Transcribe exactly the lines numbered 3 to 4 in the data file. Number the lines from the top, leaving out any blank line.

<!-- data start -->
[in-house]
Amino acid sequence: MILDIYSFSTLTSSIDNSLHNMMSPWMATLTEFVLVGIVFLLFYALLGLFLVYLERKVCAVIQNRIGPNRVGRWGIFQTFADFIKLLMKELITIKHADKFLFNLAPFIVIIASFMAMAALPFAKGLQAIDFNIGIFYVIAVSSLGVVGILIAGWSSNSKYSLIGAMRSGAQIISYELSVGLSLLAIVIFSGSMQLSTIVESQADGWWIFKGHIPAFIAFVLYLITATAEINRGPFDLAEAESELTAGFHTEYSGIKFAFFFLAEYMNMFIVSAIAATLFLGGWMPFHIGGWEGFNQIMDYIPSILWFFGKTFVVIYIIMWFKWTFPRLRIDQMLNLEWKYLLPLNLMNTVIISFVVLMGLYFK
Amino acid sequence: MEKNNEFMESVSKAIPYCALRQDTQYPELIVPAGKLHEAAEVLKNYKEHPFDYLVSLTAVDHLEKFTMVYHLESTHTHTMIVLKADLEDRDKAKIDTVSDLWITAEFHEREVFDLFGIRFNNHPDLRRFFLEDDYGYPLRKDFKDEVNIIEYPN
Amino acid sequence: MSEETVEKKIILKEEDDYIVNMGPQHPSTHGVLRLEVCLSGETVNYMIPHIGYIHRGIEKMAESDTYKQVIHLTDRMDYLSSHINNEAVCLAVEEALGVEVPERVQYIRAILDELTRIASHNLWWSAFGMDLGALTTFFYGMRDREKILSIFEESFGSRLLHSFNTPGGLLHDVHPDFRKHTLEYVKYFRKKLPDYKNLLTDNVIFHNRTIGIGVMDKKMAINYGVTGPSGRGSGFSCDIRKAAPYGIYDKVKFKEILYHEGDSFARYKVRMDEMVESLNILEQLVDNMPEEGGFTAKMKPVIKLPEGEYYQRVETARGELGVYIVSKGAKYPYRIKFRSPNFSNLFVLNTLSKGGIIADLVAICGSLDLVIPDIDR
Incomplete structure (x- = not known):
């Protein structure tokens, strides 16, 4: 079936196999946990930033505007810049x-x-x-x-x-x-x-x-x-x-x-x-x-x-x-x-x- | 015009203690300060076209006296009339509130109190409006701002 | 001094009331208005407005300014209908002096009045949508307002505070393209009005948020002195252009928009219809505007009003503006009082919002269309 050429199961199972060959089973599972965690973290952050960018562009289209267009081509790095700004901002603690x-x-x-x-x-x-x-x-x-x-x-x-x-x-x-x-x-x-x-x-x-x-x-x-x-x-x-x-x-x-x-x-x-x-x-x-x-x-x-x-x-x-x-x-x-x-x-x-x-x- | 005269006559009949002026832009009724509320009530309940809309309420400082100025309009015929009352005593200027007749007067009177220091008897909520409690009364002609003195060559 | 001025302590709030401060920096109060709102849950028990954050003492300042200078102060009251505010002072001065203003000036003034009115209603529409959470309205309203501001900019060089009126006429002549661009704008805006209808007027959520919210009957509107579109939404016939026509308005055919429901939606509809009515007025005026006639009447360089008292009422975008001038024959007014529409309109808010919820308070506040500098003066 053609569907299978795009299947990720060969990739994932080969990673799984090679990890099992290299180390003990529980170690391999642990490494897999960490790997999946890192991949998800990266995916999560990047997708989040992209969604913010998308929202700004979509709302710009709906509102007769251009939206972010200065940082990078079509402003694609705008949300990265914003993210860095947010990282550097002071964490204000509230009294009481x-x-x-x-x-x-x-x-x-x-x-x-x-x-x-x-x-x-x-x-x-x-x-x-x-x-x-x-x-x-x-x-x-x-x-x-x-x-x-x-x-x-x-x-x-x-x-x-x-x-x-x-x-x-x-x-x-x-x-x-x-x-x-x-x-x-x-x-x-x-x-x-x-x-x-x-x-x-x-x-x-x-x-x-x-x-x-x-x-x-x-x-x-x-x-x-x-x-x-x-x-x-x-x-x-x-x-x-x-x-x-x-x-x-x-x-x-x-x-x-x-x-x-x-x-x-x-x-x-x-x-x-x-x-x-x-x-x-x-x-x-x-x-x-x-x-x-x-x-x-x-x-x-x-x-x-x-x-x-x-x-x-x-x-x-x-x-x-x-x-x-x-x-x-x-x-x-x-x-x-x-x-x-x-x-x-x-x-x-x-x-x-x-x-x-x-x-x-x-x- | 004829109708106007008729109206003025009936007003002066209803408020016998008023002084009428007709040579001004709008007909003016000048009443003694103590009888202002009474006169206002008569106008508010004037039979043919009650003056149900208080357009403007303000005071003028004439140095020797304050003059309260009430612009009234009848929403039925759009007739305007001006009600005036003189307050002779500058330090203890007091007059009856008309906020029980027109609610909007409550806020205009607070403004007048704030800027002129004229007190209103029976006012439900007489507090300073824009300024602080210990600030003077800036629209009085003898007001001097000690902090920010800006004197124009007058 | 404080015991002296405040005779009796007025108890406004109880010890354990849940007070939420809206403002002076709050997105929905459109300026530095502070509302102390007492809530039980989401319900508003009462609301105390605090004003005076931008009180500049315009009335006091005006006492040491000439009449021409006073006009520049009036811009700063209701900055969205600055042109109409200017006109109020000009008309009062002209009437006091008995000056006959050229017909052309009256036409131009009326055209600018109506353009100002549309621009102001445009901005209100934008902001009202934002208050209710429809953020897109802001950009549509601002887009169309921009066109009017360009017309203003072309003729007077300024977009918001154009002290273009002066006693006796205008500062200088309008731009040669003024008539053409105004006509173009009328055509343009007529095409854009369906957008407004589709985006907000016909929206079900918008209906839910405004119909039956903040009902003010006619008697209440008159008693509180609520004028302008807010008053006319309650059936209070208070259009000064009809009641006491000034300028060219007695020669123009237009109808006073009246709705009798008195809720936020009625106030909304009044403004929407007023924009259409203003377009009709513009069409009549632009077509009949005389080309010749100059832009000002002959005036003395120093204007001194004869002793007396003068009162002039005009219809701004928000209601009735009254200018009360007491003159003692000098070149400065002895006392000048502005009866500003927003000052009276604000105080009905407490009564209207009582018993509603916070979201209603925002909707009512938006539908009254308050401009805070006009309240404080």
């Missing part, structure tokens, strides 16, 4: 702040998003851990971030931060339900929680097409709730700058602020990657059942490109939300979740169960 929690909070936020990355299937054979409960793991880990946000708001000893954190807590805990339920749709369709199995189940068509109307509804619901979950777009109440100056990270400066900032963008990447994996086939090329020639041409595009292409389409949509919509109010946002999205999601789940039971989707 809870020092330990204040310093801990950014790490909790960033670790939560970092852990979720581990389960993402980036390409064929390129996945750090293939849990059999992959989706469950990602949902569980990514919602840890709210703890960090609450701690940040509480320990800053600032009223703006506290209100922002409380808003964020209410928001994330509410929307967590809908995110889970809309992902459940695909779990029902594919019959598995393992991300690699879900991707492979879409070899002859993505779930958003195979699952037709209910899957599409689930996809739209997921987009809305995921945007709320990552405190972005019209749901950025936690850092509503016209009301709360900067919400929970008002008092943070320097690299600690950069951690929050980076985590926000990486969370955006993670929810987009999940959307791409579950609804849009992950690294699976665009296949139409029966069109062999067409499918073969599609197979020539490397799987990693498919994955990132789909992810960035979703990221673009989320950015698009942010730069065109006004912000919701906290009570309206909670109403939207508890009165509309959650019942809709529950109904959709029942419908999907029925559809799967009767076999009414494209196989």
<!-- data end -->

Amino acid sequence: MEKNNEFMESVSKAIPYCALRQDTQYPELIVPAGKLHEAAEVLKNYKEHPFDYLVSLTAVDHLEKFTMVYHLESTHTHTMIVLKADLEDRDKAKIDTVSDLWITAEFHEREVFDLFGIRFNNHPDLRRFFLEDDYGYPLRKDFKDEVNIIEYPN
Amino acid sequence: MSEETVEKKIILKEEDDYIVNMGPQHPSTHGVLRLEVCLSGETVNYMIPHIGYIHRGIEKMAESDTYKQVIHLTDRMDYLSSHINNEAVCLAVEEALGVEVPERVQYIRAILDELTRIASHNLWWSAFGMDLGALTTFFYGMRDREKILSIFEESFGSRLLHSFNTPGGLLHDVHPDFRKHTLEYVKYFRKKLPDYKNLLTDNVIFHNRTIGIGVMDKKMAINYGVTGPSGRGSGFSCDIRKAAPYGIYDKVKFKEILYHEGDSFARYKVRMDEMVESLNILEQLVDNMPEEGGFTAKMKPVIKLPEGEYYQRVETARGELGVYIVSKGAKYPYRIKFRSPNFSNLFVLNTLSKGGIIADLVAICGSLDLVIPDIDR